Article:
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Archive for the ‘Film Curia’ Category

Szörffilm Catches a Wave

Sub-zero temperatures, impending snow storms, and winter holidays: what better time to have a peek into the lives of surfers in Hungary. OK, outside of the wave machines at Palintus and Gellért pools, there is no surfing in landlocked Hungary.  But be sure, there are Hungarian surfers. The 2014 documentary Sörffilm – ‘created by’ Károly Spáh and Milán Bernáth, and surfers Peiman Lotfi, András Ajtai, and Dávid Liptay,  follows three young Hungarian surf enthusiasts as they travel the world looking to ride the ‘barrel’ the term for that sweet spot where a wave folds over itself, creating a tube the surfer shoots through. From England to Indonesia, the optimistic young crew endures injury, parental derision, and money troubles in their quest. It’s a short, pleasing documentary, and  just the right temperature for a frigid winter’s day.

PPM Film Services is a Budapest-based film company offering an inspiring and creative work atmosphere for its host of clients from around the world. Since our inception, our focus has been providing the best of the best in terms of local production resources, locations, cast and technical teams to ensure that whatever the production we’re charged to create, we do it with no compromise. To sign up for the PPM Hungary newsletter, have a look here.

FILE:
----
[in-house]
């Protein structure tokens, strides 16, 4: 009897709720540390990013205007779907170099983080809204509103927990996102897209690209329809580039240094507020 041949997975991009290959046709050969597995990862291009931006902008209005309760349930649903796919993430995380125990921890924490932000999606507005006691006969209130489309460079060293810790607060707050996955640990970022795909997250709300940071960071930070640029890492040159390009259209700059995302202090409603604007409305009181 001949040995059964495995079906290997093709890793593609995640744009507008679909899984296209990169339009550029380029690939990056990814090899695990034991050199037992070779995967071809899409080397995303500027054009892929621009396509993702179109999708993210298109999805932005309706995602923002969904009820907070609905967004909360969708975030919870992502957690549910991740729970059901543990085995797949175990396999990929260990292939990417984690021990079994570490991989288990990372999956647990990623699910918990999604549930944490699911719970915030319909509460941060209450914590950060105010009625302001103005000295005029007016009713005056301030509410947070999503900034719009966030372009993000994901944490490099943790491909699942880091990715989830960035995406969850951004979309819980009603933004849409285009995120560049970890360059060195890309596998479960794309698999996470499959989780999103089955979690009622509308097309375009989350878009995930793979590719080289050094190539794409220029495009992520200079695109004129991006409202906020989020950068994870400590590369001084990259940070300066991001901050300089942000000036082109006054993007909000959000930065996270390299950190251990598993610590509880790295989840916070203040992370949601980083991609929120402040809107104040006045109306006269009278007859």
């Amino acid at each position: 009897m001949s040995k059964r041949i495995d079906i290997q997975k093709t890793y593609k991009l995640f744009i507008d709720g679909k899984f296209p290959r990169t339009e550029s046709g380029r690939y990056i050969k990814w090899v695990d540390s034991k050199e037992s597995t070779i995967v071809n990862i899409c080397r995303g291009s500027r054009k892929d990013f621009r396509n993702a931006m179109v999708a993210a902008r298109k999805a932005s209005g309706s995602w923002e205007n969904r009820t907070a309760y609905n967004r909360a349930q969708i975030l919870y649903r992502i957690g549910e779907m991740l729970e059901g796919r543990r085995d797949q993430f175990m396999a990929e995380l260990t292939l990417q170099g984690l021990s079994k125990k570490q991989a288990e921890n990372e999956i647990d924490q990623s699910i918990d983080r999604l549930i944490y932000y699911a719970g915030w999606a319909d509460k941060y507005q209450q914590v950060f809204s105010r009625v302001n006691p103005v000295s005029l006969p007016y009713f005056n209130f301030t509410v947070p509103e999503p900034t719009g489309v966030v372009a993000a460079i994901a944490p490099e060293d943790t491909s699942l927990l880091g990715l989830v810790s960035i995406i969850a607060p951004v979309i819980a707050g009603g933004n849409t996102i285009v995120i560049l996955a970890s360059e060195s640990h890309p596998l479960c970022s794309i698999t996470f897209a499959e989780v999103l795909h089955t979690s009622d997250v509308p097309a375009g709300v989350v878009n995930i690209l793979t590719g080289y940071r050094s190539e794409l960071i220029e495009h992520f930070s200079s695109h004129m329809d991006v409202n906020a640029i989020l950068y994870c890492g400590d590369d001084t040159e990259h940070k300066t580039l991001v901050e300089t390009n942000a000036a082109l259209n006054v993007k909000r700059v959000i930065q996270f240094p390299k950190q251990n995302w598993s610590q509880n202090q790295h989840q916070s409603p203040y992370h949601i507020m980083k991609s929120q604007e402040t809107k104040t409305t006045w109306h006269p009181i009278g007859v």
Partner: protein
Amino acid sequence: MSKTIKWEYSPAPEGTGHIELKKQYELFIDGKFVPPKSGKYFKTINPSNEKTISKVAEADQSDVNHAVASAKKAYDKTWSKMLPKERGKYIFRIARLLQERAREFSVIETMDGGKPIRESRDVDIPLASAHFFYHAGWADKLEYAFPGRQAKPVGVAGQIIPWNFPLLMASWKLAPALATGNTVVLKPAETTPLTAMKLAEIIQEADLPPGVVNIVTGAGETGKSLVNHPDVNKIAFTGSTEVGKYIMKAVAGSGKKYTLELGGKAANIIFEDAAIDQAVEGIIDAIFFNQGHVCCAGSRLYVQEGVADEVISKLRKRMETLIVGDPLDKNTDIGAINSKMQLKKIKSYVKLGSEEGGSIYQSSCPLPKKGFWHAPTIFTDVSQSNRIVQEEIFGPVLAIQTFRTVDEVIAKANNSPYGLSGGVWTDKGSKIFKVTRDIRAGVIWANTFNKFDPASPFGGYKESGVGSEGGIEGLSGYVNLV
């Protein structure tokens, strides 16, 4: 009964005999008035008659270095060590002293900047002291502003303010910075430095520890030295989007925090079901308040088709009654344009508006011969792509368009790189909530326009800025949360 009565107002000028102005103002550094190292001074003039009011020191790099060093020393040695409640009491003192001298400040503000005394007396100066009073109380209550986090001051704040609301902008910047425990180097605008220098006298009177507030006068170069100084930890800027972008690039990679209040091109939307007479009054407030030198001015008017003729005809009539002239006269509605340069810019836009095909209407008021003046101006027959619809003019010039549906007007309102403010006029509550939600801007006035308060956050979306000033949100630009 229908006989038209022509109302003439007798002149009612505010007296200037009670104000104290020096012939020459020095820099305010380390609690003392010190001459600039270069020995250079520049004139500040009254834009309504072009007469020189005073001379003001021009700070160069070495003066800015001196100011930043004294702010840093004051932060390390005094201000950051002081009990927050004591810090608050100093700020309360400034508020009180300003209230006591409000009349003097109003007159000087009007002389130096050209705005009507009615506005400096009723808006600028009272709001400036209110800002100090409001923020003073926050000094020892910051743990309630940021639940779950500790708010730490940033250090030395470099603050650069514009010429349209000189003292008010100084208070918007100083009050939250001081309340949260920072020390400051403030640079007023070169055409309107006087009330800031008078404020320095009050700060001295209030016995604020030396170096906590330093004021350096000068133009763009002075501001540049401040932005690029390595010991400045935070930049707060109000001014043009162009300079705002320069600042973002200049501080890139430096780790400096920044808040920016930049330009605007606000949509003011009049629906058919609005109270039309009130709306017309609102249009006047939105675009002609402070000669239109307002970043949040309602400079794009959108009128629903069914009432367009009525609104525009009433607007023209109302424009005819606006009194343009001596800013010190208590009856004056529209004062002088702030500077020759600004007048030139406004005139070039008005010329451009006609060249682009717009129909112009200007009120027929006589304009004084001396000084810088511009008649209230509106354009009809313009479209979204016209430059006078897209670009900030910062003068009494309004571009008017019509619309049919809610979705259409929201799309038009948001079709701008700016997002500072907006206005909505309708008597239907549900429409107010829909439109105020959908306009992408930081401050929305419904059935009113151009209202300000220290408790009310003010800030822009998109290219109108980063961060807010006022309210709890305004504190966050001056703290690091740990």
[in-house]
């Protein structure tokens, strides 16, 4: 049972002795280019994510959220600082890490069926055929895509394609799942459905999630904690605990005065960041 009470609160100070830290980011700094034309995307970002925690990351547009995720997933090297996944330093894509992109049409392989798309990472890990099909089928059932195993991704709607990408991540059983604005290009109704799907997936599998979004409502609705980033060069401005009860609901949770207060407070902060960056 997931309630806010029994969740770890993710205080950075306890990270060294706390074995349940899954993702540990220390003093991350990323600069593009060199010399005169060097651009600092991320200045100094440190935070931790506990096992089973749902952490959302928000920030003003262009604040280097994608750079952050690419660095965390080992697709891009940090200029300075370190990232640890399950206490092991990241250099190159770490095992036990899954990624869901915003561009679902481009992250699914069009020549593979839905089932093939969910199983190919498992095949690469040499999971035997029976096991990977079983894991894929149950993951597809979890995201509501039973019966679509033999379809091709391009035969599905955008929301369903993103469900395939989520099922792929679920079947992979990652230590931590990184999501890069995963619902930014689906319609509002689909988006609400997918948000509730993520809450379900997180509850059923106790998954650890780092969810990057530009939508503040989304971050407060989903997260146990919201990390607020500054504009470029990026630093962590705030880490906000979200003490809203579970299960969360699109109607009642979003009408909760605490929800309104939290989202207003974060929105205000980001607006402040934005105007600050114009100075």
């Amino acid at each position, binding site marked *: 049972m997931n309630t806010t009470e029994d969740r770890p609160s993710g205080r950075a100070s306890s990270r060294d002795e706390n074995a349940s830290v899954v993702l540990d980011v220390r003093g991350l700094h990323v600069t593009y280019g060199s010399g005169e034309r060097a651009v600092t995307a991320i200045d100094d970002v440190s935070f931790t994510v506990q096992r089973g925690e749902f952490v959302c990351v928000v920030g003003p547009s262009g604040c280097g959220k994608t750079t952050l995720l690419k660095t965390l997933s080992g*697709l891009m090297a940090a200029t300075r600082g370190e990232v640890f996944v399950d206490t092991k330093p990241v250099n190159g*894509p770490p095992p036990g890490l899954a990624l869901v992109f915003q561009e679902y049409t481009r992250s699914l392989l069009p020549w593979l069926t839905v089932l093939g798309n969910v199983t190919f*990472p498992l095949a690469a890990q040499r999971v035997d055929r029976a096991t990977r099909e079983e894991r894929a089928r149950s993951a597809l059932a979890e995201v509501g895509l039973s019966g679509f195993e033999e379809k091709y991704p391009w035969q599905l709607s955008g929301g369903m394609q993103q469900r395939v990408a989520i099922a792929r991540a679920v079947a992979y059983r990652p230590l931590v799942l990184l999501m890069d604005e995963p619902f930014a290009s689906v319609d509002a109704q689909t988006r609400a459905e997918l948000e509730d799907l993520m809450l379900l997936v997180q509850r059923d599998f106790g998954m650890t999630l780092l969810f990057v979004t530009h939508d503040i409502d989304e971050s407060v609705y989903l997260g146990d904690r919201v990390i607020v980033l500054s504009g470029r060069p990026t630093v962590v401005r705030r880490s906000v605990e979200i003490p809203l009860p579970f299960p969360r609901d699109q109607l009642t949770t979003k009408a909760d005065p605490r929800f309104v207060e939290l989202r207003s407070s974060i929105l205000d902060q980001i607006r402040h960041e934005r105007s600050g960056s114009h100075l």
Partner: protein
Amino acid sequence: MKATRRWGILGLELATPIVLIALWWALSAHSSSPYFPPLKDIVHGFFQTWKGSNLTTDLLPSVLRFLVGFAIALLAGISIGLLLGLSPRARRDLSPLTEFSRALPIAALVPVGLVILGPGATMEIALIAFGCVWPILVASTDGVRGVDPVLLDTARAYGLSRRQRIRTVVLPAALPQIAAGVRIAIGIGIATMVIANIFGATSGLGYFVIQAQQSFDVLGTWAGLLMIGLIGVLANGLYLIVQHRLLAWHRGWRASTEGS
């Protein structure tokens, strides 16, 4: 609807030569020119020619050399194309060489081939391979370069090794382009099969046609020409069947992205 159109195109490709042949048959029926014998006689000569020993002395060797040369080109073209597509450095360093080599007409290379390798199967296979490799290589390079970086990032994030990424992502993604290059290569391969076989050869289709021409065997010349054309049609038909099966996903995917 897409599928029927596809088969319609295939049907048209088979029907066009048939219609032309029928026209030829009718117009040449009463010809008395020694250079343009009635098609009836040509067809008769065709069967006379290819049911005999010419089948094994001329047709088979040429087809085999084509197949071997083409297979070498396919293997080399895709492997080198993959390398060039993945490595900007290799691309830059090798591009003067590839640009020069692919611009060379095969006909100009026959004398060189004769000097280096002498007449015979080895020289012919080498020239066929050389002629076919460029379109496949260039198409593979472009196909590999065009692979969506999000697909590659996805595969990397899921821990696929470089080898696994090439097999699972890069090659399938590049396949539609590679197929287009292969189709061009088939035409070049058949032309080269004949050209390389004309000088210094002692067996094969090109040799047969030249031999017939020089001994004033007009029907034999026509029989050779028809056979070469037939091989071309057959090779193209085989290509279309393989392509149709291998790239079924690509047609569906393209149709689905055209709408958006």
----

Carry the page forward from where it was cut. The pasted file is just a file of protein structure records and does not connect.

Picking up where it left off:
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All the world loves a list. We particularly love lists when Budapest is featured on them. Here, from Bored Panda, the favorite website of time-wasters and procrastinators, we find a list where Budapest gets not one, but two mentions. No surprise for us, it’s a list of the most beautiful movie theaters in the world, where we can claim both the third and sixth spot, with the Urania National Theater, and the Puskin Theater respectively.

https://ppmhungary.files.wordpress.com/2012/12/urania3.jpg

In fairness to the Urania, it is actually the first theater on Panda’s list that doesn’t feature novelty seating (first place sees beds used as seats, second place, cars). We wrote some on the Urania in an earlier post, so we hope you don’t mind if we quote ourselves: “The history of Hungarian film is almost as old as film itself. Since Adolf Zukor Michael Curtis, and William Fox left Hungary to help build studios and make classic movies in California, the country has remained a fertile ground for innovators and trail-blazers on the international film scene. It is only fitting that one of the grandest, most elegant movie theaters on the planet is situated in the heart of Budapest.

https://ppmhungary.files.wordpress.com/2012/12/urania2.jpg

The Urania stands as a functioning monument to the great artistic achievements of film and a tribute to audiences who still like to enjoy cinema in a proper movie theater. The structure housing the Urania was constructed in the 1880s. Its original purpose was actually not film related: nickelodeons had yet to even debut at that point in history. The Urania was what is known as an ‘Orpheum’, which is a kind of cabaret/dance hall. Right before the turn of the century, it was refitted to be a movie theater, in order to first host a Hungarian Scientific Society’s presentation, and then later to accommodate the rush of interest in this new crowd-pleasing medium.” Currently, it is the theater of choice for film festivals and movie premiers.